Though it has delivered more than 1,000 drones, her organizati­on ruled out fundraisin­g for military equipment because it did not fit into the organizati­on’s charitable mission, Chomiak said. Getting the necessary licenses would also have delayed immediatel­y significan­t actions, such as delivering tens of thousands of specialize­d first-aid kits to the front lines.

Companies, which have given some of the largest publicly known donations to Ukraine, must also consider to what extent their donations are directly supporting Ukraine’s war effort. Microsoft Corp. has donated at least $430 million in services and cash in 2022, not including cybersecur­ity services.

Tom Burt, a Microsoft vice president, said he set up direct, encrypted communicat­ion channels with senior cybersecur­ity officials in Ukraine before the war began and continues to communicat­e with them regularly. At the start of the war, Microsoft helped move the Ukrainian government’s digital infrastruc­ture from physical servers in the country into the cloud. The company also helps protect Ukrainian devices and software from Russian cyber intrusions and attacks that are often coordinate­d with physical military campaigns.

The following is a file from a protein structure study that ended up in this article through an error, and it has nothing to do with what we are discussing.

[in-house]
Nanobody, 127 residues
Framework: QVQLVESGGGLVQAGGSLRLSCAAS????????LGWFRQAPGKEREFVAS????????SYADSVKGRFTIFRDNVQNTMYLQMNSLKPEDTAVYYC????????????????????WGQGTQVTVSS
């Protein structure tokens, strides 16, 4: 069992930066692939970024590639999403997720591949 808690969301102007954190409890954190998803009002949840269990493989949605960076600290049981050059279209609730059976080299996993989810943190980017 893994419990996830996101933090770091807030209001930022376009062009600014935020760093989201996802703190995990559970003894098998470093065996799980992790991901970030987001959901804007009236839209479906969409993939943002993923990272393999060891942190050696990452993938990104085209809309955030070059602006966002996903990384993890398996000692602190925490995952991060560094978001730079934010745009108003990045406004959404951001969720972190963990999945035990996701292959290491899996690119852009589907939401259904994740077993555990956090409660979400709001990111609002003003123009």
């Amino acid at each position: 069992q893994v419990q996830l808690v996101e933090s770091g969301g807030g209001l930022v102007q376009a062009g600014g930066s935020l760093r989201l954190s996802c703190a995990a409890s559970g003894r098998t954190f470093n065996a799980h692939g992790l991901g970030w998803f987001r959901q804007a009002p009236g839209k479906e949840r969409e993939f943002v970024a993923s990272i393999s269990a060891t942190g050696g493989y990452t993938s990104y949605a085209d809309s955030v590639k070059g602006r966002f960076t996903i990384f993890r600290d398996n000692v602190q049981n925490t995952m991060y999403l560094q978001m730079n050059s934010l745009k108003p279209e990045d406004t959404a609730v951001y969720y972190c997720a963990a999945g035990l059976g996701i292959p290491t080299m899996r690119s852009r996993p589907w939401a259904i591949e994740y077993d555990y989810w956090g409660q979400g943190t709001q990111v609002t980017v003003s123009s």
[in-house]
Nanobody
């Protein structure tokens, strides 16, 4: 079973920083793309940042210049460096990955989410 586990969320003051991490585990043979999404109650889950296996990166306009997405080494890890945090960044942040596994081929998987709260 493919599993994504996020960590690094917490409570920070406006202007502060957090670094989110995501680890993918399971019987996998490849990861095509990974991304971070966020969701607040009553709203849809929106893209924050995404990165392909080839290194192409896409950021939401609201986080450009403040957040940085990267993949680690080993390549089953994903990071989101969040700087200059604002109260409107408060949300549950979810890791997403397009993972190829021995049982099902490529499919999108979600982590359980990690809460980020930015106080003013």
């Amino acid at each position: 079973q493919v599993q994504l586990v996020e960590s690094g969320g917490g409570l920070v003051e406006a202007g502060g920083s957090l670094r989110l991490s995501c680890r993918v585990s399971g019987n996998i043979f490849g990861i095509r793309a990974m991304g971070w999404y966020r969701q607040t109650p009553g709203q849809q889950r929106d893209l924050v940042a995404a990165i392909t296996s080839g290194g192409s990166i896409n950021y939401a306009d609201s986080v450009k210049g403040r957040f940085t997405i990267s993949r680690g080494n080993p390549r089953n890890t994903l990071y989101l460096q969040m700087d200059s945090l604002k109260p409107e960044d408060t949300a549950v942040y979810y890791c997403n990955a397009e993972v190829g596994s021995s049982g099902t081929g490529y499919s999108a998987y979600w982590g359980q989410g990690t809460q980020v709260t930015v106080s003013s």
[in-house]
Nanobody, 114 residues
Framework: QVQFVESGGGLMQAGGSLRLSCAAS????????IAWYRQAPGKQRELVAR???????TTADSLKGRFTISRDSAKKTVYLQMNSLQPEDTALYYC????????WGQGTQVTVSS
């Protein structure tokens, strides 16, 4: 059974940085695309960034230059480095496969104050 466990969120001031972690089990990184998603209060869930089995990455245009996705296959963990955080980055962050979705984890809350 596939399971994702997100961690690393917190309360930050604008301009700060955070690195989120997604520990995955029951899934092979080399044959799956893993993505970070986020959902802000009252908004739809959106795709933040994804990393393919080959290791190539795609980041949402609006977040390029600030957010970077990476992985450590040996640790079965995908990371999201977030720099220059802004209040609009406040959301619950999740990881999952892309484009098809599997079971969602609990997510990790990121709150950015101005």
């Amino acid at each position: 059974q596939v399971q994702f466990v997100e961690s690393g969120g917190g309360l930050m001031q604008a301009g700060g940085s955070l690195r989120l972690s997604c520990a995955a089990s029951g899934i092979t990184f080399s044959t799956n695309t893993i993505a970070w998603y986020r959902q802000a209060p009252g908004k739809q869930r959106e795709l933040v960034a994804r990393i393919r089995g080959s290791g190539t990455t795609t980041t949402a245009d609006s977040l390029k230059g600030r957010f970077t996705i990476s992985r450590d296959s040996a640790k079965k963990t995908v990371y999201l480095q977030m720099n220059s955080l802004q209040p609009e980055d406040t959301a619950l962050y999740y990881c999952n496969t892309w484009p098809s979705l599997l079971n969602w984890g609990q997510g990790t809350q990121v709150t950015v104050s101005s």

“It’s possible, of course, that some of those devices are being used by the military or by logistics organizati­ons, both government and private sector, to provide both humanitari­an aid and military supplies and equipment,” Burt told the Associated Press. “That’s not really our role to get engaged in that.”

While supporting the Ukrainian government, Microsoft has learned a great deal about malware used by Russian-aligned groups.

“That’s helping us build even more secure products and services,” Burt said. “But the fundamenta­l reason that we’re doing this is because we think it’s the right thing to do.”

Microsoft has agreed to provide its services at no cost to Ukraine through 2023. But it’s possible Ukraine will turn into a paying customer when the war ends.

Americans have previously raised funds for or even fought in conflicts in which the U.S. government was not a party, said Andrew Morris, who teaches history at Union College. Before the U.S. entered World War II, Japanese Americans were among several immigrant groups that sent aid to their countries of origin, including packages directly to Japanese soldiers.

The U.S. government eventually saw such relief efforts as evidence of Japanese disloyalty when it incarcerat­ed whole communitie­s after the bombing of Pearl Harbor. But, it tolerated the work of another group that shipped weapons to Britain’s Home Guard, which was ill-equipped, despite the U.S. being formally neutral at the time, Morris said.

“I think that makes it a lot easier for this private sector, voluntary donations to flow in the direction that U.S. foreign policy is,” he said, though generally, the government discourage­s individual­s from pursuing their own foreign policy objectives.